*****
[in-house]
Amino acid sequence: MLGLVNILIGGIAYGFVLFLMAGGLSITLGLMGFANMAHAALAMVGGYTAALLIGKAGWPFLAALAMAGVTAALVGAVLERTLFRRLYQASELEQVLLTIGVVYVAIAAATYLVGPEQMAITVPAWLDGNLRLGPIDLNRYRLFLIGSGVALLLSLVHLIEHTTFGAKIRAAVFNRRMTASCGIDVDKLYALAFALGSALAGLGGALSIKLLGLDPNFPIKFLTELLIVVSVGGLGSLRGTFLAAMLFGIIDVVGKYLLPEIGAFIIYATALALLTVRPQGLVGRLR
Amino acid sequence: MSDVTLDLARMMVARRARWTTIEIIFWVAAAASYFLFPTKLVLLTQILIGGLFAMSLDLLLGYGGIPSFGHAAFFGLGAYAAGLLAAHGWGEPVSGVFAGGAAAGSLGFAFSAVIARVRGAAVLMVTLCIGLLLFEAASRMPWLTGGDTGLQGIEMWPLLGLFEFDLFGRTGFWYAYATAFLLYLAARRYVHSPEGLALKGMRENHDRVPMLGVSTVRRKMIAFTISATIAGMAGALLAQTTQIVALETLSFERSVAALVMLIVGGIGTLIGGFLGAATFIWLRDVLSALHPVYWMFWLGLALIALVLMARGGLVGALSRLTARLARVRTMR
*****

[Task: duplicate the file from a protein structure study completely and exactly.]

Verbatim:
[in-house]
Amino acid sequence: MLGLVNILIGGIAYGFVLFLMAGGLSITLGLMGFANMAHAALAMVGGYTAALLIGKAGWPFLAALAMAGVTAALVGAVLERTLFRRLYQASELEQVLLTIGVVYVAIAAATYLVGPEQMAITVPAWLDGNLRLGPIDLNRYRLFLIGSGVALLLSLVHLIEHTTFGAKIRAAVFNRRMTASCGIDVDKLYALAFALGSALAGLGGALSIKLLGLDPNFPIKFLTELLIVVSVGGLGSLRGTFLAAMLFGIIDVVGKYLLPEIGAFIIYATALALLTVRPQGLVGRLR
Amino acid sequence: MSDVTLDLARMMVARRARWTTIEIIFWVAAAASYFLFPTKLVLLTQILIGGLFAMSLDLLLGYGGIPSFGHAAFFGLGAYAAGLLAAHGWGEPVSGVFAGGAAAGSLGFAFSAVIARVRGAAVLMVTLCIGLLLFEAASRMPWLTGGDTGLQGIEMWPLLGLFEFDLFGRTGFWYAYATAFLLYLAARRYVHSPEGLALKGMRENHDRVPMLGVSTVRRKMIAFTISATIAGMAGALLAQTTQIVALETLSFERSVAALVMLIVGGIGTLIGGFLGAATFIWLRDVLSALHPVYWMFWLGLALIALVLMARGGLVGALSRLTARLARVRTMR